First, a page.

Article by Katherine Pietrangelo
Sneaker culture is a driving force in the shoe market and plays a huge part in pop culture. The most monumental sneakers that have revolutionized modern culture include the Jeff Staple Pigeon Dunks, regarded as one of the most influential drops ever. These shoes were a main player in transforming sneaker culture from a niche hobby to a global phenomenon.
There was a very limited number of 150 pairs of Pigeon Dunks produced in 2005, which caused people to camp out waiting to get their hands on these shoes. The New York City-inspired shoe was so coveted and such a big deal that it made the front page of the New York Post the day following the release.
February 9, 2014 marks the day Nike shock-dropped the Yeezy 2, Red October. The continued collaboration between Nike and Kayne West was highly anticipated for many months. Kayne West, already a big name in rap, caused anticipation for his initiation into fashion and the sneaker world. With several previous false drop announcements and Kanye’s announced pairing with Adidas, the eventual drop was shocking because they were released after he had started to wear Ultraboosts and then announced his pairing with Adidas. The shock-drop was announced by Nike through a single tweet.
One of the most iconic sneaker deals ever made, one which could be categorized as the shoe that kickstarted modern sneaker culture; this was none other than the deal between Nike and one of the most legendary basketball players of all time, Michael Jordan. At the time, the NBA banned the wear of the extremely popular newly released shoes, but due to the exposure that Jordan gave the brand, Nike decided to pay the pricey fine each game so he could continue to wear them.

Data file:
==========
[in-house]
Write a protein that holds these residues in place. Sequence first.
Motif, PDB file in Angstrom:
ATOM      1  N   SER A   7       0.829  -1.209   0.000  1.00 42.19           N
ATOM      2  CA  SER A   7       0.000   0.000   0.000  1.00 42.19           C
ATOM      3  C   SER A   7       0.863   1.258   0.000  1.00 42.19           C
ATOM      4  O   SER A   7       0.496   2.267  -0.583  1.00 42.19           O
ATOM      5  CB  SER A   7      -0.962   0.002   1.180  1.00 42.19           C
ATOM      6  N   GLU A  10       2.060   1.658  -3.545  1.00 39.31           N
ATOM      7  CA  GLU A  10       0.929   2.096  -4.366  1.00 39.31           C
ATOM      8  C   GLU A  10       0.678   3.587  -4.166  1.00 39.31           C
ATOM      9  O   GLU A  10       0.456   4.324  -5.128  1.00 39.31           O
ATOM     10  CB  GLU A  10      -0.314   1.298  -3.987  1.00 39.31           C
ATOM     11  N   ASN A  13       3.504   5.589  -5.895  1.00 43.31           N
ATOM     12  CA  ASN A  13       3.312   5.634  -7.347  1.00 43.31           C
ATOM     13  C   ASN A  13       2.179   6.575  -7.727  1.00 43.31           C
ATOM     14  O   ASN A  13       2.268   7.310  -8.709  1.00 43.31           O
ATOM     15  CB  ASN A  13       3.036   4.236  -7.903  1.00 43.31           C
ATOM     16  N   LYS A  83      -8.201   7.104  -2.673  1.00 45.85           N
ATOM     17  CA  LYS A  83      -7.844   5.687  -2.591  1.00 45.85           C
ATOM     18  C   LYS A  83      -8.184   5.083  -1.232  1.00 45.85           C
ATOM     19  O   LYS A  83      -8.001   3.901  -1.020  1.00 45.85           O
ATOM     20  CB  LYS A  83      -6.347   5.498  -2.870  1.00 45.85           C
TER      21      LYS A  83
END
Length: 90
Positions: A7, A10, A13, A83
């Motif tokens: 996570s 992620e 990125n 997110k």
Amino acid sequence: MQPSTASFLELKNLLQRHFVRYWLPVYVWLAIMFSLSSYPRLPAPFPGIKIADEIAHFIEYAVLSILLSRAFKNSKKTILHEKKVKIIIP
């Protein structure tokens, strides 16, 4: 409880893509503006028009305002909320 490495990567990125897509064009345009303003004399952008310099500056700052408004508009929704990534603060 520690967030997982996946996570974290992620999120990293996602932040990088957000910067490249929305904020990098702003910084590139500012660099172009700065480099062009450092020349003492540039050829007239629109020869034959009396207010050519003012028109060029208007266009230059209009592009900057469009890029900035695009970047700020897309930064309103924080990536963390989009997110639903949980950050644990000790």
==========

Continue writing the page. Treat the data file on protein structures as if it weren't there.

One of MJ’s original pairs of Jordan 1’s that he autographed and wore during his rookie season recently sold for a whopping $560,000 in an online auction in May 2020. They were sold during the heat and press of his widely popular ESPN documentary series The Last Dance.
Somewhat Recent Downfall
As sneaker culture got more popular, it has continued to become more mainstream throughout a wider range of ages, especially in the past couple of years. From camping out and waiting in lines outside of stores like Supreme, Kith, and Flight Club, to buying bots online that will secure the desired pair, sneakerheads have gone above and beyond to get the newest and coolest drop. The pure dedication and love for the culture created a tight community that showed appreciation for the art of the shoes themselves. In recent years, the once-beloved culture has sort of lost the passion and spark that has accompanied it for so long. Reselling websites like GOAT and StockX are great places to get exclusive sneakers after the original releases, but the costs have only gotten pricier as sneaker culture becomes continuously more mainstream. One shoe, in particular, the Jordan 1, a sneaker that has always been legendary and well-respected, soared in popularity among consumers not previously a part of traditional sneaker culture. Almost any colorway that drops will be resold for at least three times its original value, which is absolutely insane. As a result of the new population and groups of people engaging with sneaker culture, it has somewhat lost the love and purpose behind buying sneakers in the first place.